Active Travel high on the agenda for team behind Limerick-Cork motorway

Leader reporter


Leader reporter


The N/M20 was identified as one of the major road improvement projects under Project Ireland 2040

Work on the N/M20 project is progressing

THE project team behind say the proposed new motorway between Limerick and Cork has the potential to deliver 80 kilometres of transformative active travel infrastructure.

This, they say, would connect the communities of Cork, Blarney, Mallow, Buttevant, Charleville, Bruree, Croom, Patrickswell and Limerick. 

A number of active travel opportunities are being presented including integrating the N/M20 project with the wider Inter-Urban Network to complement the Cork Metropolitan Area Transport Strategy, the Limerick Shannon Metropolitan Area Strategy, the cycle hub town of Kilmallock and various public transport hubs.

The project team says the utilisation of existing and new infrastructure can provide safe, segregated urban and inter-urban infrastructure.

Active Travel can help support local businesses, boost tourism, improve health, improve air quality, reduce congestion and save people money.

Research conducted to date shows there are low volumes of walking and cycling between the Limerick and Cork at present but emerging strategies set out significant target shifts towards sustainable walking and cycling modes.

While there is currently a reliance on private cars for relatively short journeys, the project team is focused on promoting all modes of transport as part of this N/M20 project (see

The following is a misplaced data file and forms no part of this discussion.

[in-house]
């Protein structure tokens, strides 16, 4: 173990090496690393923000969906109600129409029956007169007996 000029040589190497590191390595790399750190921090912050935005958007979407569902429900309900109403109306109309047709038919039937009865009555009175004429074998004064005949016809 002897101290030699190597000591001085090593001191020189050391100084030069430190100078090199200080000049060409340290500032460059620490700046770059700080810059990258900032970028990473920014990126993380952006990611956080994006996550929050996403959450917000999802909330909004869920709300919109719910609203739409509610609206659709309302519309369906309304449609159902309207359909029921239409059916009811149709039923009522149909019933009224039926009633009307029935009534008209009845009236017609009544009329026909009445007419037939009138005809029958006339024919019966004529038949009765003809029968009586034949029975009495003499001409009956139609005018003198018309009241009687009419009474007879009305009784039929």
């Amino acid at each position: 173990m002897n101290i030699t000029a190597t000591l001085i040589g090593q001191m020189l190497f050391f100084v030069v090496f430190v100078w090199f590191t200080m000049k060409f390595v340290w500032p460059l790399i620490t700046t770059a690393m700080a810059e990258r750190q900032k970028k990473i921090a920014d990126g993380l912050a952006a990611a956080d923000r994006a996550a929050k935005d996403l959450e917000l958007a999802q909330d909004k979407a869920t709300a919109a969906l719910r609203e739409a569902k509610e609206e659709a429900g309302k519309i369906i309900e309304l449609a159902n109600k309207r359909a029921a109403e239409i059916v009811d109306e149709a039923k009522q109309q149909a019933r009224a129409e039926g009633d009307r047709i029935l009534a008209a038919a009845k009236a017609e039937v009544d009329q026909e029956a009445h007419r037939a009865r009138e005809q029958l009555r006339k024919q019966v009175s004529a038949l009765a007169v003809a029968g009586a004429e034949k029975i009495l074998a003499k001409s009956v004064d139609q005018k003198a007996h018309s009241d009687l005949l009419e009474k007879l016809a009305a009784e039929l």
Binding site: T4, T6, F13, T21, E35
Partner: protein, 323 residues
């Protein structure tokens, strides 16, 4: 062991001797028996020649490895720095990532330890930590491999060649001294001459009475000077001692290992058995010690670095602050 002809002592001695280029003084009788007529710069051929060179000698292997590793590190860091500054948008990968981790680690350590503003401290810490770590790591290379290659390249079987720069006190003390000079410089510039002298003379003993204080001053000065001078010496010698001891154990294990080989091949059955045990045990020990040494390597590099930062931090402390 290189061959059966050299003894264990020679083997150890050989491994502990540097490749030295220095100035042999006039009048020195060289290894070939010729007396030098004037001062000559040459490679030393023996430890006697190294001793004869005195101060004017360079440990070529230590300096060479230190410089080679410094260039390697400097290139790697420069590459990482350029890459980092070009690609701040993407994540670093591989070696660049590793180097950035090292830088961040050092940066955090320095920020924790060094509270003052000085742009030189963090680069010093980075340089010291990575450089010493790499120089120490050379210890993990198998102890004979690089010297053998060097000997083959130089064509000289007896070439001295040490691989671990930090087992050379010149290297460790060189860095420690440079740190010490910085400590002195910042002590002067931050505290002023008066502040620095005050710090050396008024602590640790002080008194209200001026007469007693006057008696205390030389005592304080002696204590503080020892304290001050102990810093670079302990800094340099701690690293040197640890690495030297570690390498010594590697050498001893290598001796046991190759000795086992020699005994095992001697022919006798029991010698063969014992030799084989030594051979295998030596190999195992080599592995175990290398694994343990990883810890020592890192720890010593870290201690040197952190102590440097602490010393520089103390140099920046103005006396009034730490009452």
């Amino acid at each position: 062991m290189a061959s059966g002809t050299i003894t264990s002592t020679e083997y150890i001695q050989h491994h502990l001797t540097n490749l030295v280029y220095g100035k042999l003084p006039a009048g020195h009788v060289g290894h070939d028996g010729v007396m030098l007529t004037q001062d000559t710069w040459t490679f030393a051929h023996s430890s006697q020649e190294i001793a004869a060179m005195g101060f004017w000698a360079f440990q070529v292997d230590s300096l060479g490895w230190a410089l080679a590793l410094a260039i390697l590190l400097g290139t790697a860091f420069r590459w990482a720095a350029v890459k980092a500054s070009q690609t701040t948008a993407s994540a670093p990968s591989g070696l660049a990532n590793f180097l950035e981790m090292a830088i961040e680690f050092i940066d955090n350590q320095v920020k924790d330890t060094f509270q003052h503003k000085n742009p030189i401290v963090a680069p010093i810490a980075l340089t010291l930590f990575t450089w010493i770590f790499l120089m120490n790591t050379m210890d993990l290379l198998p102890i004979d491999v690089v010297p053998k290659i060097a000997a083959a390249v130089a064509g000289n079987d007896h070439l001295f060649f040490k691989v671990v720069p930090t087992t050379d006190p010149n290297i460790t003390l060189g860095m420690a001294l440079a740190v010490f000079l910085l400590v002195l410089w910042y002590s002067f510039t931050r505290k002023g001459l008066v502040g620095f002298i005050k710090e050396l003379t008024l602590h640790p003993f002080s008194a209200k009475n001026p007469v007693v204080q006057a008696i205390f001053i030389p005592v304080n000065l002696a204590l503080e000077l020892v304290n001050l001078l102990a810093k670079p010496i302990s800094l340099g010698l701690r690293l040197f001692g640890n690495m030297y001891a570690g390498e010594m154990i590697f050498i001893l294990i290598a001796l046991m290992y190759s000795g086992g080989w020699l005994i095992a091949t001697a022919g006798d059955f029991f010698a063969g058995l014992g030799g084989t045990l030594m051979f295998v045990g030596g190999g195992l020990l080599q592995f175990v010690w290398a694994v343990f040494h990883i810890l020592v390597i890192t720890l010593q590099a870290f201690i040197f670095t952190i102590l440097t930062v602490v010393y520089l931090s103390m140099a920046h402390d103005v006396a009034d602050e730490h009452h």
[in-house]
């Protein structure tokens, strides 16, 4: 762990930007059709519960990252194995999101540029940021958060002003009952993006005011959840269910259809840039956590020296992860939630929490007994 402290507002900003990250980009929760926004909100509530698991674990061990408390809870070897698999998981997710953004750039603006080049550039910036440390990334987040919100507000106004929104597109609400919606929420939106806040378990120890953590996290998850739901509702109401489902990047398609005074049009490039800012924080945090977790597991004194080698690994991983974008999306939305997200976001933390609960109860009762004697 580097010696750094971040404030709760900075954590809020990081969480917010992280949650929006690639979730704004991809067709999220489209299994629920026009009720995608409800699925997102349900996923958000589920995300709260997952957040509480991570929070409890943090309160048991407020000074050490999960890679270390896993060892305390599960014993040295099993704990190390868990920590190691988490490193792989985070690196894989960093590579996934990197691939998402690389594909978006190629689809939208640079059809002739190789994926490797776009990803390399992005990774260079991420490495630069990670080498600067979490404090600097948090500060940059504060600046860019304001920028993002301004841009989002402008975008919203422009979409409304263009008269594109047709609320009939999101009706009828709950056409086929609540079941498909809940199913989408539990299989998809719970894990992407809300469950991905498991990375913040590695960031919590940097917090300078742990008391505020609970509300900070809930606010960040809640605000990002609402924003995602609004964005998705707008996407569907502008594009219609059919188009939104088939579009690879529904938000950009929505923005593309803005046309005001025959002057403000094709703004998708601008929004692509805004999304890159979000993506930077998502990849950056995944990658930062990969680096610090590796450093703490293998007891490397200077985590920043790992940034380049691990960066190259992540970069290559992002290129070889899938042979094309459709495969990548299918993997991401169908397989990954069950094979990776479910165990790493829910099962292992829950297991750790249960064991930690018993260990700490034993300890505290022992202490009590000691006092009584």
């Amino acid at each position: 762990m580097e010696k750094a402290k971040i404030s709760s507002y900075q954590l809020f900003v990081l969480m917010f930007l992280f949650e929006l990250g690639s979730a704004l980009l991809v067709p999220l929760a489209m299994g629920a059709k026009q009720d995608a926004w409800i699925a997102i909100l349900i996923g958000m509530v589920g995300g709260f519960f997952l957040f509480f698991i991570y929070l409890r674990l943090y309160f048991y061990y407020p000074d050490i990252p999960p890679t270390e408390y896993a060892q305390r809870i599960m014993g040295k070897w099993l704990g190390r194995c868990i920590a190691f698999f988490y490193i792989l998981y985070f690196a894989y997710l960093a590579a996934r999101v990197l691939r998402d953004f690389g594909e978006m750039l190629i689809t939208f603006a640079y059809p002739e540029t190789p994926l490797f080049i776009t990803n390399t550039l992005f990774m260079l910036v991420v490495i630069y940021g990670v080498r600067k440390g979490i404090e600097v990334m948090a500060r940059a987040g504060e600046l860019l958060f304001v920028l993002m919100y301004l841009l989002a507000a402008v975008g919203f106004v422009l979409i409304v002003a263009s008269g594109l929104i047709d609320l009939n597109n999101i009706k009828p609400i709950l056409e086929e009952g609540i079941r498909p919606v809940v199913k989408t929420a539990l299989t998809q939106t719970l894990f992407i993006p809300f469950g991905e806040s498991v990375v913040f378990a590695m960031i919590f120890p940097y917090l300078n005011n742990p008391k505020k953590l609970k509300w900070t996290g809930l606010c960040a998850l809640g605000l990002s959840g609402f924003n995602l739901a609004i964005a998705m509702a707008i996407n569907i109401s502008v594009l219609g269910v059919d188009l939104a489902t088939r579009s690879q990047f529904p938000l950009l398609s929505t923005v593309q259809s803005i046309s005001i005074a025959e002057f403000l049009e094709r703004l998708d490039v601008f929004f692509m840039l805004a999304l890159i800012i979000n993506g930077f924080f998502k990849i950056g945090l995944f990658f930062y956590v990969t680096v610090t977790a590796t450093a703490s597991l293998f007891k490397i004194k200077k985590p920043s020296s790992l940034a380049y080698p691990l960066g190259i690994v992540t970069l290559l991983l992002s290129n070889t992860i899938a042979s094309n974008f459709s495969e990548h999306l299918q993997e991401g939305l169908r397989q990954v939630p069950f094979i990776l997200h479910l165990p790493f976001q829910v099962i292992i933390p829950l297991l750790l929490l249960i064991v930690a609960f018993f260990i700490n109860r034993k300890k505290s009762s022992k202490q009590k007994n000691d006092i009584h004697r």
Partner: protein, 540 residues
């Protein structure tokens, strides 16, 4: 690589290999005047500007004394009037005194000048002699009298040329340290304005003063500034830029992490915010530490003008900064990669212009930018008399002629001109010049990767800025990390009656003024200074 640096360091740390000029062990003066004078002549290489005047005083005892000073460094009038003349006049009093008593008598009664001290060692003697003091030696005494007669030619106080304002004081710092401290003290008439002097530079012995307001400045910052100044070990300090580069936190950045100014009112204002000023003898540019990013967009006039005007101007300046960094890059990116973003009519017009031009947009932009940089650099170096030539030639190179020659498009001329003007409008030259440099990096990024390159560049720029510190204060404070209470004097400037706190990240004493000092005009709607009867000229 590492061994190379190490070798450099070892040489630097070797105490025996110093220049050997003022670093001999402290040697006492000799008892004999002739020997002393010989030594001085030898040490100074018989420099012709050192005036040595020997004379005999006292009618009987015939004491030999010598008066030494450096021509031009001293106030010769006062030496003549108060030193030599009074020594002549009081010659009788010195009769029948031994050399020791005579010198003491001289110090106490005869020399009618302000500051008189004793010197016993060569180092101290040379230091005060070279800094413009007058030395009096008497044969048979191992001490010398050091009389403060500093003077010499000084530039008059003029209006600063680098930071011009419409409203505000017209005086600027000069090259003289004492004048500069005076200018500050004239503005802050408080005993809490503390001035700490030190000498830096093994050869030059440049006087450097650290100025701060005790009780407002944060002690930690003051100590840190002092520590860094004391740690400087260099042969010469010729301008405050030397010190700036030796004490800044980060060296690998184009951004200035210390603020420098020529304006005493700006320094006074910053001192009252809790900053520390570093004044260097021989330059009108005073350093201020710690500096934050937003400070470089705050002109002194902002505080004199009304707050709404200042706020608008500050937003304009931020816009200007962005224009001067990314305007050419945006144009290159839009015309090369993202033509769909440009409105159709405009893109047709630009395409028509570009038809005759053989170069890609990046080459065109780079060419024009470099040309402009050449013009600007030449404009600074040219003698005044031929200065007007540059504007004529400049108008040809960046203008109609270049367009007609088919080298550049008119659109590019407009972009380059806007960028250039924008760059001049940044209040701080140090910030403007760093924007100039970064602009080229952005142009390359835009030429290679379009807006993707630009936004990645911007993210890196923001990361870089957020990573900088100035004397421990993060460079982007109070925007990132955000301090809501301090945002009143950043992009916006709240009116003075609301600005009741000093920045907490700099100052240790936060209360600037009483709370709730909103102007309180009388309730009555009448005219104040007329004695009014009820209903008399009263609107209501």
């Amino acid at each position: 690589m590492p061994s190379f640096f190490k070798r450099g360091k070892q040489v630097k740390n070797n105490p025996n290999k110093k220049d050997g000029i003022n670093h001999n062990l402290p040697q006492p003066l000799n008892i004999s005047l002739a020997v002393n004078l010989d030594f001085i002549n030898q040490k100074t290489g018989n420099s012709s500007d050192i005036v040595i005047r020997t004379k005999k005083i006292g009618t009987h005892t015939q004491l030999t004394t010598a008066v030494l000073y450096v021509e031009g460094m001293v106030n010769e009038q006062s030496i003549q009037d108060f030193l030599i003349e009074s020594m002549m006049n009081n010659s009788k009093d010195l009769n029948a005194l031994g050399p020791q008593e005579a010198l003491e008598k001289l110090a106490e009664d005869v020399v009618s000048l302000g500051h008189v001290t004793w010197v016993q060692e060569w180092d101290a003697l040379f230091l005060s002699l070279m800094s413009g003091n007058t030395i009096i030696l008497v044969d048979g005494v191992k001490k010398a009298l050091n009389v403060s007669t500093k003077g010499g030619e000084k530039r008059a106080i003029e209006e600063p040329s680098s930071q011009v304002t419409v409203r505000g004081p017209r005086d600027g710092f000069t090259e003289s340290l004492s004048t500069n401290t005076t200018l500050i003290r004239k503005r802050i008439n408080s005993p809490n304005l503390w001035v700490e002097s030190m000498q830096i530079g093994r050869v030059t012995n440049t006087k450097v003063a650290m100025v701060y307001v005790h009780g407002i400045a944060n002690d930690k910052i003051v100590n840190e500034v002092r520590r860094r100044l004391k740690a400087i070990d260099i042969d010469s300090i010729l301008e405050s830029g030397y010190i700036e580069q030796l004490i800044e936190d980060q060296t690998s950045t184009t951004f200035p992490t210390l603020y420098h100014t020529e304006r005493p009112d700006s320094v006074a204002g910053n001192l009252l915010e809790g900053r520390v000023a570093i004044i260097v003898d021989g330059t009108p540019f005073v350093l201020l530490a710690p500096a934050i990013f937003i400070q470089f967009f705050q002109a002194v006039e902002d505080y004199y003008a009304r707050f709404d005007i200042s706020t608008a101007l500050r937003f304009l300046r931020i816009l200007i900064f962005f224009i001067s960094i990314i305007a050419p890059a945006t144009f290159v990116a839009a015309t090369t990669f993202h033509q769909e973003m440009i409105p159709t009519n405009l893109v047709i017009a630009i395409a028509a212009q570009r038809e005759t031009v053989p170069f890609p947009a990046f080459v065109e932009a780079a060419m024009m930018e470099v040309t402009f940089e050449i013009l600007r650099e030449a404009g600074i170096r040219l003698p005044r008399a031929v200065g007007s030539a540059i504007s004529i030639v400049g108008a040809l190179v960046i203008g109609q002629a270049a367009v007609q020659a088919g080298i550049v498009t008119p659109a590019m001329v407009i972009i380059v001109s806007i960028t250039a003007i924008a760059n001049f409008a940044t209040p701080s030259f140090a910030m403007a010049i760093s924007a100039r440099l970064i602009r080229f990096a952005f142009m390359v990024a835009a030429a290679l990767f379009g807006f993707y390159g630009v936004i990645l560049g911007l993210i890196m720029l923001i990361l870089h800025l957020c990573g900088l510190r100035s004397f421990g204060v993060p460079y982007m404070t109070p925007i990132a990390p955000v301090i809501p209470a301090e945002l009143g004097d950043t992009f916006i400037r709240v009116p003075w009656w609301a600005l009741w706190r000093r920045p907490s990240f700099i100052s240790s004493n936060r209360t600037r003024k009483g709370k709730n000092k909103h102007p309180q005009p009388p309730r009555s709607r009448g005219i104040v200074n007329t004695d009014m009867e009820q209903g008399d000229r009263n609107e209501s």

As part of the public consultation that took place between November 2020 to January 2021, a feedback form was completed by 1,091 respondents. 

They identified that the main barriers for walking and cycling are safety and a lack of suitable paths.  Nearly a quarter (23%) of respondents indicated they would be willing to cycle up to 5km and 27% between 5km to 10km. The majority of walking and cycling trips are currently leisure trips. The respondents identified a demand for more rural paths. 

The team is liaising with active travel groups in the area, understanding existing problems and opportunities and developing appropriate active travel routes.

Collaborative working and engagement is key to helping deliver an appropriate active travel scheme. Early positive engagement can be seen below from some of our key stakeholders such as Ballyhoura Development.

"We welcome the inclusion of active travel options as part of the Cork - Limerick project. The potential for towns and villages along the proposed route to have safe, accessible and integrated active travel routes to a range of community, sports, cultural, educational, business and tourism amenities and activities, such as the Ballyhoura Mountain Bike Trails, the Kilmallock Cycling Hub, Doneraile Park and the Ballyhoura Way and Loop Walks, will provide for more vibrant places and improved social, health, environmental and economic sustainability," said a spokesperson.